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Parkinson’s & Adaptive Climbing in the Gym I

Updated: Sep 6

Over the last 10 years, Molly Donelan, Sportrock Alexandria Director has had the honor of teaching a growing group of individuals at Sportrock and actually creating her dream job in the process. Each week climbers come into the rock climbing gym, gear up in their harnesses and shoes, and climb for upwards of an hour. Besides being climbers, these individuals have a couple of things in common: They are inspiring. They are passionate about their sport. They are incredibly supportive of one another.  And they have Parkinson’s Disease (PD).


Parkinson's & Adaptive Climbing in the Gym I


Climbing helps climbers with Parkinson’s improve balance, strength, and most of all, confidence!

In October of 2012, Molly met Jon Lessin. Jon is an accomplished Doctor, published author, father, husband, cyclist, yogi, jokester, and now, addicted climber.  Jon also has Parkinson's Disease.  When Jon started taking lessons with me, Molly knew very little about PD other than a couple of generalized symptoms. Working with Jon was a huge learning experience and he seemed eager to answer every little question she asked.  He has a remarkably positive attitude and a great sense of humor, never hesitant to make fun of me or laugh at himself.  Molly admires his determination as he fights his way up a new climb, sometimes staying on one move for nearly 30 minutes, refusing to quit.  “Tenacious” was what a Sportrock spectator once called Jon, and actually became the inspiration for his book, “Tenacity”, which he later published!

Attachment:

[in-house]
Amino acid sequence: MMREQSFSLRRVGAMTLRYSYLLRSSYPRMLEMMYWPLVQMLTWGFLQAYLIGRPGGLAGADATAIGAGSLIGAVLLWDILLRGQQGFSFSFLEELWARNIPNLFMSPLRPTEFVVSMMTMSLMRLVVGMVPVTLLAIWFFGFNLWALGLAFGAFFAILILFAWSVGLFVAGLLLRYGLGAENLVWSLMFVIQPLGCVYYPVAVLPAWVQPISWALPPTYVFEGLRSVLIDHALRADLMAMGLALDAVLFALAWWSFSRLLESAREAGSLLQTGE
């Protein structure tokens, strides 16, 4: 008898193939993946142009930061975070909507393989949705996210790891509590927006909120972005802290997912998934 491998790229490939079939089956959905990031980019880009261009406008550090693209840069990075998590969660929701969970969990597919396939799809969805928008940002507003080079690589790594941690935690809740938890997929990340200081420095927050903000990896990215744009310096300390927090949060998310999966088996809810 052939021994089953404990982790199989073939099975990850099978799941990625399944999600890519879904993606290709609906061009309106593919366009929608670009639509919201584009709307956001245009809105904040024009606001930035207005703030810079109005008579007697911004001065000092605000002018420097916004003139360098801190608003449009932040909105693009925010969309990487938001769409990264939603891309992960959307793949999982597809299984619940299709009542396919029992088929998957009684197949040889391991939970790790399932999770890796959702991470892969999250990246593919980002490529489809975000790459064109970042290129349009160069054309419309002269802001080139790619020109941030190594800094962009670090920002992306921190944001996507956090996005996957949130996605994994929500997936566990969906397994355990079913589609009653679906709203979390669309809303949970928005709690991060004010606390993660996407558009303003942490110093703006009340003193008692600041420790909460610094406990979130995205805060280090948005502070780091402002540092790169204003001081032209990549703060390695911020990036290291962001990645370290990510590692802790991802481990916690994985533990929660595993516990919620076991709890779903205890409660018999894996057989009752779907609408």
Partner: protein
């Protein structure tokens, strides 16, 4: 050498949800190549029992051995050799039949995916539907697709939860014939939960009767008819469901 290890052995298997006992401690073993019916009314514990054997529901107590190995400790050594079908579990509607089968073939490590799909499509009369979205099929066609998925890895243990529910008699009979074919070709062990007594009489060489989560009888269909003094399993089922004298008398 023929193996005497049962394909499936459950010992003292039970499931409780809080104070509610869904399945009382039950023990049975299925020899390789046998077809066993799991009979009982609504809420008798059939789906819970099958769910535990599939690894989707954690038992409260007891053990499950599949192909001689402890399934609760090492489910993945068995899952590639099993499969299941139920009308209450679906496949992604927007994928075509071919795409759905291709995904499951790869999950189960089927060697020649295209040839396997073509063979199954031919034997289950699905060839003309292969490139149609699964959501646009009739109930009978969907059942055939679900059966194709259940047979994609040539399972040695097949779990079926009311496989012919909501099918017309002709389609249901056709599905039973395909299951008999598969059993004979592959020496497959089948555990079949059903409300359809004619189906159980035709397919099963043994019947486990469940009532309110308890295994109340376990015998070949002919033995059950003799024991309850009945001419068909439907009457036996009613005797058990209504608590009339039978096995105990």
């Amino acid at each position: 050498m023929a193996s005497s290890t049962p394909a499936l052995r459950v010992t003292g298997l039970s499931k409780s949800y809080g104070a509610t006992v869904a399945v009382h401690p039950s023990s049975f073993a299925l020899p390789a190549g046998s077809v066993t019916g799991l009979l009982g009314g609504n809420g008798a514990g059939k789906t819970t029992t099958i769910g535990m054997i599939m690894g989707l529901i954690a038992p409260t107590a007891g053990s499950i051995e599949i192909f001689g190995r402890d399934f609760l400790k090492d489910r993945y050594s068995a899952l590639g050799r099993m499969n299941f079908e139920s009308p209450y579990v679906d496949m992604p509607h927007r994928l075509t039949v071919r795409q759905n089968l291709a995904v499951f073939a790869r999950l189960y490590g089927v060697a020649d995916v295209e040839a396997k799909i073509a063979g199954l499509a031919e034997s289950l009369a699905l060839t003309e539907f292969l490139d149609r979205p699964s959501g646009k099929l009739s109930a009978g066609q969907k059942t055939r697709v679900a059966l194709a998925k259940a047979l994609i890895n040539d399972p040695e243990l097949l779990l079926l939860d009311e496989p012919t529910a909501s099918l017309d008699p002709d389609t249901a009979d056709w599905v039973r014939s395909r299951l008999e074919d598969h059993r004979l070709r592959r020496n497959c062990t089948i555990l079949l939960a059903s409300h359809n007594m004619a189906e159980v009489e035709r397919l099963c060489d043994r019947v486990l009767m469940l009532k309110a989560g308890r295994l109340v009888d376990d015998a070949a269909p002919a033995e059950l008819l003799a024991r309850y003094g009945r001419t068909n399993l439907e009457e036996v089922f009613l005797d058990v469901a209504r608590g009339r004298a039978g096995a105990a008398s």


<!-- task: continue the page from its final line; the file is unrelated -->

Jon is one of fourteen individuals with PD to join in the fun at Sportrock over the last four years. As the group continues to grow, so does our outreach and desire to learn. Sportrock has partnered with Parkinson’s Foundation National Capital Area and George Washington University to host a study on the effects of rock climbing on PD, which has not yet been studied and has exciting potential.  Rock climbing primarily helps to improve the flexibility, strength, and balance of individuals with PD and this has becoming increasingly apparent as Molly has watched these climbers grow over the years.


Parkinson's & Adaptive Climbing in the Gym I

What is Parkinson's Disease?

Parkinson’s Disease is a degenerative disease that affects levels of dopamine in the brain. The physical symptoms are widely varied from person to person and can be effectively combatted by medication, but one thing is universal: PD is a disease of movement.  Some of the physical symptoms are slow movements, dyskinesia, balance problems, weight shifting, hand-eye coordination, difficulty with big movements, and tremors.  


Rock climbing primarily helps to improve the flexibility, strength, and balance of individuals with PD.

According to Lisa Ebb, a movement disorder Physical Therapist who has joined in climbing with a couple of the climbers with PD, “Challenge and variation are the two most important principles of exercise in Parkinson’s Disease”.


 

Check out the Parkinson's Climbing Program video, done by video photographer and Sportrock member, Sylvia Bao.

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